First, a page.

|Students and leaders of the religious school are shown as they prepared for graduation in 1970. Bottom row, from left, Mara Weinike, Beth Janoff (The Jewish Standard’s community editor), Jill Rabbino, Norma Bresnick, Jane Jacobs, Sherrie Levine, and Tobi Fineberg. Second row, Mrs. Esther Gordon, teacher, Alayne Smith, Ivy Mazur, Rina Saltzman, Lori Ehrlich, and Janet Schultz. Top row, Rabbi Samuel Smerling, Leonard Carlin, Michael Brodie, Arthur Brand, Steven Flashenberg, Cantor Marshall Wise, David Siegelman, Michael Rubin, Scott Goler, and Dr. David M. Parish, principal. Not shown, Dean Brody.|
On Nov. 22, 1963, Cong. B’nai Jacob’s gleaming new synagogue was dedicated during Friday night services. Nearly 50 years later – on Nov. 22, 2008 – the shul will commemorate the event with a gala dinner dance.
The synagogue – located at 176 West Side Avenue in Jersey City – has invited a wide range of groups to help it celebrate, including current and former members of the congregation, alumni of the Hebrew school, and friends of the congregation, both within the community and from surrounding areas.
The commemorative weekend kicks off at 8 p.m. on Nov. 21, with Friday Night Live! services led by Cantor Marsha Dubrow, religious leader of the shul, followed by an Oneg Shabbat. The celebration continues Saturday morning with Shabbat services at 9 a.m. and Kiddush at noon. At 7:30 p.m. on Saturday night, the dining, dancing, and singing begin.
|Ground-breaking ceremonies at Fulton St. and West Side Ave.|
Cong. B’nai Jacob traveled from church to house to school before constructing its current home on West Side Ave. Founded in the late 1950s by eight Jersey City families who came together under the chairmanship of Alan Beer, the Conservative congregation’s first services were held at the Bethany Lutheran Church in 1960. Not long afterwards, the group purchased an abandoned house on West Side Ave. and engaged Rabbi Howard Hersch as its first spiritual leader.
Soon – the old house bursting with at least 100 families – the synagogue had to rent the auditorium of a public school to accommodate the over 500 attendees at High Holy Day services. In the meantime, the synagogue’s Hebrew school was expanding, making the need for a larger, permanent space even more critical.
After purchasing a plot of land at Fulton and West Side Aves. at a city auction, the congregation drew up plans for construction.
For Cantor Dubrow – the first woman to become a bat mitzvah under Rabbi Theodore Friedman, the main speaker at the original 1963 dedication ceremony – the shul’s 50th-anniversary celebration is a way of “coming full circle.”
“It’s rather amazing – beshert, as we say in Judaism – that Rabbi Friedman, my rabbi growing up, was the officiator 50 years ago at the dedication of Cong. B’nai Jacob, the congregation I am blessed to serve today,” she said.
Cantor Dubrow, who holds a Ph.D. from Princeton University and is an award-winning composer and educator, has introduced a monthly Friday Night Live! service, complete with musical instruments. In October 2008, at the “Culture in Context” exhibit at the New Jersey State Museum in Trenton, she presented a program of Jewish sacred and secular music and led an interactive lecture on the festival of Sukkot.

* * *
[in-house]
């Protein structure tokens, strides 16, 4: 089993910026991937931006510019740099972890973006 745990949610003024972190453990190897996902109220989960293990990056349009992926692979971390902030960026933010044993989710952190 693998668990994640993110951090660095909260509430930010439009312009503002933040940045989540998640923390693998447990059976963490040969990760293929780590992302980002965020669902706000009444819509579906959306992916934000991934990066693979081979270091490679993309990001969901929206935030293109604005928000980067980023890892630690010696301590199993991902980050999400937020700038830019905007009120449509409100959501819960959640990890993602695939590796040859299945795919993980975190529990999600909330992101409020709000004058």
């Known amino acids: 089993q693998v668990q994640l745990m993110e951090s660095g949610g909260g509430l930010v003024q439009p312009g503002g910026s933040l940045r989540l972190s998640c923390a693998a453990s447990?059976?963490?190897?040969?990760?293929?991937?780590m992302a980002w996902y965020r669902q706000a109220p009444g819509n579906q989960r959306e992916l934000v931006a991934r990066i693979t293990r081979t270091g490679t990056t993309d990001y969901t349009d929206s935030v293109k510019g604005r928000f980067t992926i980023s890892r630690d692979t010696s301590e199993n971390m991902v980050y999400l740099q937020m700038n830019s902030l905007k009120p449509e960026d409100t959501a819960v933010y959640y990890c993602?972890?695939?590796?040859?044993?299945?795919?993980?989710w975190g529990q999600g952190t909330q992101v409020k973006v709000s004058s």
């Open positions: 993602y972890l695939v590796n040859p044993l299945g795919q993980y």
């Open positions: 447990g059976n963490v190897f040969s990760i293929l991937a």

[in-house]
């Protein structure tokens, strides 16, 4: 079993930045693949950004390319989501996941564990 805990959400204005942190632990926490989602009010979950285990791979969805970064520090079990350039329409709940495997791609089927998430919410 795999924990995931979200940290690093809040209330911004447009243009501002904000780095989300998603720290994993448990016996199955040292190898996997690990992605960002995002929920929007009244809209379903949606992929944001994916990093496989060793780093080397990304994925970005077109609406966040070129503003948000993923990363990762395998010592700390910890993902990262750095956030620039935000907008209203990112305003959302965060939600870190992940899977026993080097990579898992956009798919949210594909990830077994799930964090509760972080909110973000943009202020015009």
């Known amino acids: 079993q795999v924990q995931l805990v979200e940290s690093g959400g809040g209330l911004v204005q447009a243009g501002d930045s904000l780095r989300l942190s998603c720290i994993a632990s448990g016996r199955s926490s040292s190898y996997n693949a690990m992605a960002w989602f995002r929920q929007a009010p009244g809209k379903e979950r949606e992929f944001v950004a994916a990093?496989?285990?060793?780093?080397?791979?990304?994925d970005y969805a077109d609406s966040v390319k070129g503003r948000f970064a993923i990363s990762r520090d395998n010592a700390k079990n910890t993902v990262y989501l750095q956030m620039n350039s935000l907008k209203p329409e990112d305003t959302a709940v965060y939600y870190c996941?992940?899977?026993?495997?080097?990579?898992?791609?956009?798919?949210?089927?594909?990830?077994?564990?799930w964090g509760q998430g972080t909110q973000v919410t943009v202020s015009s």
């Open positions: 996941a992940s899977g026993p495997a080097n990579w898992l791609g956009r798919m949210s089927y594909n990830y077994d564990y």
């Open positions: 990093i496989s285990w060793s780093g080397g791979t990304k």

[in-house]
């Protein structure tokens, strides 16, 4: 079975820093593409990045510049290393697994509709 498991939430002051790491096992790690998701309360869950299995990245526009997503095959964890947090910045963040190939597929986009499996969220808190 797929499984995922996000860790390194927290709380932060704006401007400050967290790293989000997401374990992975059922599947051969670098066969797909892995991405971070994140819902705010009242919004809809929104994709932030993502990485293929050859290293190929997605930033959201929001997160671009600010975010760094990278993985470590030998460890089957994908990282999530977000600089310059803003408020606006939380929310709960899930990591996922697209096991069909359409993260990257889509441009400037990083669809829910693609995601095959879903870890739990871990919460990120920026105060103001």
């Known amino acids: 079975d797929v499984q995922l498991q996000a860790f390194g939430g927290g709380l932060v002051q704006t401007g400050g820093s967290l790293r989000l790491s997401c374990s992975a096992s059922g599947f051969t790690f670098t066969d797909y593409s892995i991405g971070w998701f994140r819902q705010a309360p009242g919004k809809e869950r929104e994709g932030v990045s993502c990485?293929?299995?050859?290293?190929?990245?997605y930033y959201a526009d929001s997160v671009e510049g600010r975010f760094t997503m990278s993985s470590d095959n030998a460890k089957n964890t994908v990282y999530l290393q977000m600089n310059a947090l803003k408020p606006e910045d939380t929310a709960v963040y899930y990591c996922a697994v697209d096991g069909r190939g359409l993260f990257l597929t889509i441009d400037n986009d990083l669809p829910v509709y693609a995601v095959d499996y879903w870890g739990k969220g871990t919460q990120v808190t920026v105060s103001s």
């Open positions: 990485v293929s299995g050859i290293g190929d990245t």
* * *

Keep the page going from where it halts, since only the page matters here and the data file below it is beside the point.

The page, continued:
While Cong. B’nai Jacob has welcomed many rabbis in the past, it currently boasts a cantor as its spiritual leader. Although Dubrow is not an ordained rabbi, her dual position with the congregation is more common than one might expect.
“People don’t realize that in Europe, [in] many places, rabbis were not the leaders of congregations,” she explained. “Cantors were the leaders of congregations. Rabbis had courts. They would occasionally go around to synagogues, but they didn’t have regular synagogue posts. In the 21st century, we have an opportunity now to simply uphold an ancient, older tradition of a congregation being led by cantors who are empowering their congregants to have bimah skills and conduct services.”
According to Dubrow, Cong. B’nai Jacob represents the changing face of the urban Jewish community in Hudson County.
“Jersey City was once a thriving Jewish community,” she said, “and then during the late 70s or thereabouts, there was a definite move from the urban environment out to the suburbs. Now we are witnessing a return of the empty-nesters from the suburbs. There is a resurgence of Jewish life in Jersey City,” she said, noting that younger Jews are also moving in from Manhattan.
The 50th-anniversary gala is not only a celebration of Hudson County Judaism in its own right but also a chance for those who left the Jersey City area to return and find that the community is still thriving, said Dubrow.
“It would be interesting [for them] to come back and reconnect to their past,” she observed, “to see what is happening in the present and the possibilities of the future.”
For more information, visit www.bnaijacobjc.org.